Wednesday, 3 February 2021
National Consumer Credit Protection Amendment (Mandatory Credit Reporting and Other Measures) Bill 2019; Second Reading
Firstly I would like to thank those senators that have contributed to this debate. The National Consumer Credit Protection Amendment (Mandatory Credit Reporting and Other Measures) Bill 2019 will implement the government's mandatory and comprehensive credit reporting regime, delivering benefits to lenders and borrowers alike. This important reform will require our largest banks to participate fully in the credit reporting system and provide clarity on the treatment of financial hardship information. The mandatory credit reporting regime will provide more Australians with better access to credit, will enable credit providers to make better informed lending decisions and will drive more competition in the lending market. The bill will deliver these benefits while also maintaining and strengthening important security and consumer protection.
Schedule 1 of this bill requires the largest banks to provide comprehensive credit information on all accounts to credit reporting bodies by September 2022. It includes provisions to ensure the security of consumer credit information and obliges credit reporting bodies to share credit score ranges and methodologies when requested by consumers, who will now also be able to seek this information more frequently.
Schedule 2 addresses concerns raised regarding the treatment of financial hardship information. It provides the legal certainty for credit providers to disclose this information and ensures that consumers will not be unfairly disadvantaged by this change by placing restrictions on the use of hardship information. With the implementation of this regime, customers with a good credit history will be better placed to shop around and to be able to obtain lower rates because their credit history will be available to all credit providers. Consumers who may have poor credit ratings will get a better chance to demonstrate their creditworthiness through their future reliability. Credit providers will also see benefits, having access to a more complete picture of a consumer's financial situation, and this will help them to better price credit for the consumer. The regime will drive competition in the lending market. With access to this data, smaller providers, including new entrants and innovative fintech firms, will be much better able to access creditworthiness and compete for customers.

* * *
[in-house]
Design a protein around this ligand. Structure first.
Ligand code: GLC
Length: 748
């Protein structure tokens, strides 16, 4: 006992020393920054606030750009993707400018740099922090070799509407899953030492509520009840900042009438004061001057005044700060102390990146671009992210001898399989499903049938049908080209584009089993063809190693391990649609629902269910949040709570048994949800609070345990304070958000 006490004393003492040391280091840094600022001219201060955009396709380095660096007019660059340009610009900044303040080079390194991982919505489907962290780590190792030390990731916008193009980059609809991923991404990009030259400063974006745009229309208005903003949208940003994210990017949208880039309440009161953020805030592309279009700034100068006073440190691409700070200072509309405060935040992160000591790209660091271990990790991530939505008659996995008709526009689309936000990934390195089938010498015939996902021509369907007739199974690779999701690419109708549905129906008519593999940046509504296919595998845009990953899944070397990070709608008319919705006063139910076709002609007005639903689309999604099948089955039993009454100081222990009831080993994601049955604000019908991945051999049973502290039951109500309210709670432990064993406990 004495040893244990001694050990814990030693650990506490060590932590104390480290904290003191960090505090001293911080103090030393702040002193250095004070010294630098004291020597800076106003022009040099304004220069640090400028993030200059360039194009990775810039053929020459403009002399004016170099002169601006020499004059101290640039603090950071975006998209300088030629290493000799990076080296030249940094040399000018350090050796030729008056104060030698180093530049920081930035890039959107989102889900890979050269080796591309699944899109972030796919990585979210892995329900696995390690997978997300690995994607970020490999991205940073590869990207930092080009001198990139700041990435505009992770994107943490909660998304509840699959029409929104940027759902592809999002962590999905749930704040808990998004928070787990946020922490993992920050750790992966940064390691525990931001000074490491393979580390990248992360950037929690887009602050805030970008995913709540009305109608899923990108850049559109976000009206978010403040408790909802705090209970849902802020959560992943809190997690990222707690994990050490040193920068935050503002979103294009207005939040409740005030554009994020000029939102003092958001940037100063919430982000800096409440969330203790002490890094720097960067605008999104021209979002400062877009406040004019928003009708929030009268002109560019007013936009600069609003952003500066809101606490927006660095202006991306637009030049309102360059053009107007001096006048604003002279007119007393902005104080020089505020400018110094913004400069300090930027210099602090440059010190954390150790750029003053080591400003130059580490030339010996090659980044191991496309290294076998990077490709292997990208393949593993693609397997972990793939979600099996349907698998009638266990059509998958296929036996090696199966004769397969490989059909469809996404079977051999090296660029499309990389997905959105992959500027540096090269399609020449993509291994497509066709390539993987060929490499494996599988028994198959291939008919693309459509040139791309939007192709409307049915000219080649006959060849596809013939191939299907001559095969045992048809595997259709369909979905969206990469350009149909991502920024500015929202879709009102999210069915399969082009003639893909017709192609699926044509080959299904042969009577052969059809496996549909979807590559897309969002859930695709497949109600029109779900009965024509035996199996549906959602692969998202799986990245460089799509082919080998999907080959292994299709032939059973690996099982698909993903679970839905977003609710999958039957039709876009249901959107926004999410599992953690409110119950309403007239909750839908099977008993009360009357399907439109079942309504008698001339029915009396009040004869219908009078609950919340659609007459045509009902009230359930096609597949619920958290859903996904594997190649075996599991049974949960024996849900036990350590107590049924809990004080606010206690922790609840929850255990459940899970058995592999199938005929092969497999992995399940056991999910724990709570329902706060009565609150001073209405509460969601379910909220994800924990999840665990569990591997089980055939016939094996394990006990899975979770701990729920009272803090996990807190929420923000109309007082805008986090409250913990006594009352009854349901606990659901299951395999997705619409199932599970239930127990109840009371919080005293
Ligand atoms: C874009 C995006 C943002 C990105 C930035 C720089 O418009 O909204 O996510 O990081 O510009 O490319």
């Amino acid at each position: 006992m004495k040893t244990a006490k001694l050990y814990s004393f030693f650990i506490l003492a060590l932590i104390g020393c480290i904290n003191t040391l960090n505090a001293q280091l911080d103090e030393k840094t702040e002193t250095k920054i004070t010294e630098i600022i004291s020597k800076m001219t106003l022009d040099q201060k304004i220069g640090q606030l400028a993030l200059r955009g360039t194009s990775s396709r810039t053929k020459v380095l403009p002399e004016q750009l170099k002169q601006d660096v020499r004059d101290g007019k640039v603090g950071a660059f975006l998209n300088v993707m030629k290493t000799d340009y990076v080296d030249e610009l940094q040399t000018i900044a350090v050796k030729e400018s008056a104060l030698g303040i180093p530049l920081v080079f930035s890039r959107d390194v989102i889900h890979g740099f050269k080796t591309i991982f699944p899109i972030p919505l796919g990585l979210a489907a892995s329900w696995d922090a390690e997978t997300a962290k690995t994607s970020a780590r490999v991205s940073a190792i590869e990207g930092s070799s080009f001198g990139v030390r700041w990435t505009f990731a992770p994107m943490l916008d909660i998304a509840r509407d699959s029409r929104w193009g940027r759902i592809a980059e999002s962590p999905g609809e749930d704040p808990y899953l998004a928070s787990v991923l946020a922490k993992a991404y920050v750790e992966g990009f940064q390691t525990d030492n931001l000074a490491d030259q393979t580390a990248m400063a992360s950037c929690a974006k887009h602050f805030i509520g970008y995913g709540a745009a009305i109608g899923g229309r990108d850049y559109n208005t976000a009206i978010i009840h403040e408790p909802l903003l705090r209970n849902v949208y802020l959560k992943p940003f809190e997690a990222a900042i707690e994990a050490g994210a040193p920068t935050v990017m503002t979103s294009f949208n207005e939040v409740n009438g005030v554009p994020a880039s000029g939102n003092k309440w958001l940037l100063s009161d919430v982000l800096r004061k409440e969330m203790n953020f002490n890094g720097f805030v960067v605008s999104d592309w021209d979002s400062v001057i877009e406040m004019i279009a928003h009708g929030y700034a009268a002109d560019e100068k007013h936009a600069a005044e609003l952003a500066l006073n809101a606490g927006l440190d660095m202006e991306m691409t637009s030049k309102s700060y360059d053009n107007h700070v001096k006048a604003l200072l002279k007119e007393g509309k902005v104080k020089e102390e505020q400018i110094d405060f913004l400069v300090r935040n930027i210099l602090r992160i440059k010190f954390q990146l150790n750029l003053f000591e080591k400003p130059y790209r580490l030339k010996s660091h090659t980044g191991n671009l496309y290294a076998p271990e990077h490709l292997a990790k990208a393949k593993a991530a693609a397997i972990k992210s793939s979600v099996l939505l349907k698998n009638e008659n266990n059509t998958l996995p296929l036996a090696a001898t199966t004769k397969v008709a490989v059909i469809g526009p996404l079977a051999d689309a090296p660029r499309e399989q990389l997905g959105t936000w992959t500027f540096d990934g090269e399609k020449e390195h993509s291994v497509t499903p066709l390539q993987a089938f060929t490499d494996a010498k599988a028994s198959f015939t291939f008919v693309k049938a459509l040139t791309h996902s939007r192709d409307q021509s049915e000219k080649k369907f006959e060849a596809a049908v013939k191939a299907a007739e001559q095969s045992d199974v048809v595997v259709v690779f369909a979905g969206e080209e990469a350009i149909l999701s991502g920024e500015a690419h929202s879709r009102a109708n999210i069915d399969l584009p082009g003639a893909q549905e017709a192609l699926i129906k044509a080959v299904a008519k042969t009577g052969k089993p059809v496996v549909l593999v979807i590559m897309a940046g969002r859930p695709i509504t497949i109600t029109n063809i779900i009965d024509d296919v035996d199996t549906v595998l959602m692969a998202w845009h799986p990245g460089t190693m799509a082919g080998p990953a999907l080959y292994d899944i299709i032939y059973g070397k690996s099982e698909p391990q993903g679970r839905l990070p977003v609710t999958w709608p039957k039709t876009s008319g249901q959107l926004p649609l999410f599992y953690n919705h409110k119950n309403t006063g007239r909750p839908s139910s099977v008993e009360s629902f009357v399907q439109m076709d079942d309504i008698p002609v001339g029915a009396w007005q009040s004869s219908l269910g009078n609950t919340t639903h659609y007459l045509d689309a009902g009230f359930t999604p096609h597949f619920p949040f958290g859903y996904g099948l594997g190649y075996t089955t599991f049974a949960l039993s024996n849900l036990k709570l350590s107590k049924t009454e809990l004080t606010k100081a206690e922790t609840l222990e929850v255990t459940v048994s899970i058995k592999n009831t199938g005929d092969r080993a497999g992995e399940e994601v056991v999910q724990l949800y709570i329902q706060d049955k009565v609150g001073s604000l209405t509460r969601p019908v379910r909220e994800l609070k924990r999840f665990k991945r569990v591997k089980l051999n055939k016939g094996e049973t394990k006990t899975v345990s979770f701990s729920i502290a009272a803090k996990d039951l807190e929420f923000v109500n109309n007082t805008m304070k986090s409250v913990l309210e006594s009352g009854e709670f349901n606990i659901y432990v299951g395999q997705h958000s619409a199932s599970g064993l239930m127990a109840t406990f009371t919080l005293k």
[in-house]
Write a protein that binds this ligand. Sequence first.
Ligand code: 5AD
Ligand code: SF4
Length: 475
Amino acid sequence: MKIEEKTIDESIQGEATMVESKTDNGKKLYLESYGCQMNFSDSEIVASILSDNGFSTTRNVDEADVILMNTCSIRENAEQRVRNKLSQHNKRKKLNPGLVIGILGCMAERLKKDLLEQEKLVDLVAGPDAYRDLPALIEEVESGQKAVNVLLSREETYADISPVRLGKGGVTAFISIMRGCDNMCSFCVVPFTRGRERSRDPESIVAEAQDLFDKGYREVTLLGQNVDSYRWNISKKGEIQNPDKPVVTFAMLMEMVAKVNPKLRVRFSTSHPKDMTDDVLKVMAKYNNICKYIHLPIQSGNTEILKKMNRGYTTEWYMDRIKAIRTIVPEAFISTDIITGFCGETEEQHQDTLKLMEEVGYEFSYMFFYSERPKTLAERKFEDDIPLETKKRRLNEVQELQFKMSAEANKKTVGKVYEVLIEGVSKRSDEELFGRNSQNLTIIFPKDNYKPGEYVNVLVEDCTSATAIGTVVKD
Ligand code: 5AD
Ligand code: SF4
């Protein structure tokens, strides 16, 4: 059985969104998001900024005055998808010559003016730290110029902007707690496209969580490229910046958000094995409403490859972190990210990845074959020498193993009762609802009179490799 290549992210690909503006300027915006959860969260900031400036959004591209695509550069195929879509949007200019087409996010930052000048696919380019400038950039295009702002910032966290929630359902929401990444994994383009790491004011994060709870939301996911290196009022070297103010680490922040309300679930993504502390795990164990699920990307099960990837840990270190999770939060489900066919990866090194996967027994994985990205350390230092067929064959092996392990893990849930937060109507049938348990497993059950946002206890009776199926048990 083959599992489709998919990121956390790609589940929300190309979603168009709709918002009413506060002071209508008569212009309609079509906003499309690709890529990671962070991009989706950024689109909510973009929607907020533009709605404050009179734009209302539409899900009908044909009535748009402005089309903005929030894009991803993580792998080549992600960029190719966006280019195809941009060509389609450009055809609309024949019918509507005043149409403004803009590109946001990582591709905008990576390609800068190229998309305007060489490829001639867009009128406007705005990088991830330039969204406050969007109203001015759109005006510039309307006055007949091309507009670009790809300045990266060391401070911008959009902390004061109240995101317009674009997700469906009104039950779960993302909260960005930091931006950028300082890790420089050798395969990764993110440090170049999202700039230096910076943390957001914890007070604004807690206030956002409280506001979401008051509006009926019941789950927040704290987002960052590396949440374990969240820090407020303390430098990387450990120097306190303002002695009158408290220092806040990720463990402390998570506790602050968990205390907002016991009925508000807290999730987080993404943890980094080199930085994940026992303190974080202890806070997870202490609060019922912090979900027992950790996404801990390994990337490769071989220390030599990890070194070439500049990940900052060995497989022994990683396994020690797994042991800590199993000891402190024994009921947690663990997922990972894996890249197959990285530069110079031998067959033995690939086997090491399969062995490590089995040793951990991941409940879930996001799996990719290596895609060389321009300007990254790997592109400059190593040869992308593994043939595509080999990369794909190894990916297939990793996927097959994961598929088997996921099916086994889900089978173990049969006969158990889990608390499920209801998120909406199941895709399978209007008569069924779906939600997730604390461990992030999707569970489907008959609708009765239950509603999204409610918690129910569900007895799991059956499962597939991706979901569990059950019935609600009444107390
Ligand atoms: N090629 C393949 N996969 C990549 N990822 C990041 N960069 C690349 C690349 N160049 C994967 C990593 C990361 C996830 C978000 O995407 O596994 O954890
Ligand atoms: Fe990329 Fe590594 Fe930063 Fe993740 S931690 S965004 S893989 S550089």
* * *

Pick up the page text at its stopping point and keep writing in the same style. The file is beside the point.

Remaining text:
Just on the second reading amendment moved by the Greens, from a government perspective, this second reading amendment is little more than a pious amendment. It would have no practical effect on the legislation if passed. In fact, the amendment that has been moved is criticising a completely unrelated piece of government legislation, which is the National Consumer Credit Protection Amendment (Supporting Economic Recovery) Bill 2020, which will simplify Australia's credit framework and support the flow of credit to the Australian economy. So the amendment doesn't go to the substance of the bill; rather it goes to a bill that is currently before the Senate economics legislation committee.
Despite the rather noisy assertions of Senator McKim, the government has certainly not reneged on its acceptance of the recommendation of the financial services royal commission. Recommendation 1.1, Senator McKim, states that the NCCP Act should not be amended to alter the obligation to assess unsuitability. This relates specifically to representations that were put to Commissioner Hayne that the relevant test under responsible lending laws should be amended so that it requires lenders to determine that a loan is suitable, as opposed to the current test, which requires lenders to determine that a loan is not suitable. With respect to the recommendation, Commissioner Hayne noted:
Consumer advocacy groups urged me to recommend that the NCCP Act be amended to require lenders to determine whether a loan contract (or credit limit increase) was 'suitable' for the consumer (as distinct from 'not unsuitable'). I do not favour that proposal.
That was said in the Final report of the Royal Commission into Misconduct in the Banking, Superannuation and Financial Services Industry on page 59. You have cherrypicked your information. The government remains wholly committed to implementing all of the financial services royal commission's recommendations. The National Consumer Credit Protection Amendment (Supporting Economic Recovery) Bill 2020 will simplify Australia's credit framework and support the flow of credit to the Australian economy, and that bill will appropriately be considered by this chamber at the appropriate time when the committee has reported. This bill before us today is about mandatory credit reporting, not the framework and the flow of credit. I commend the bill to the Senate.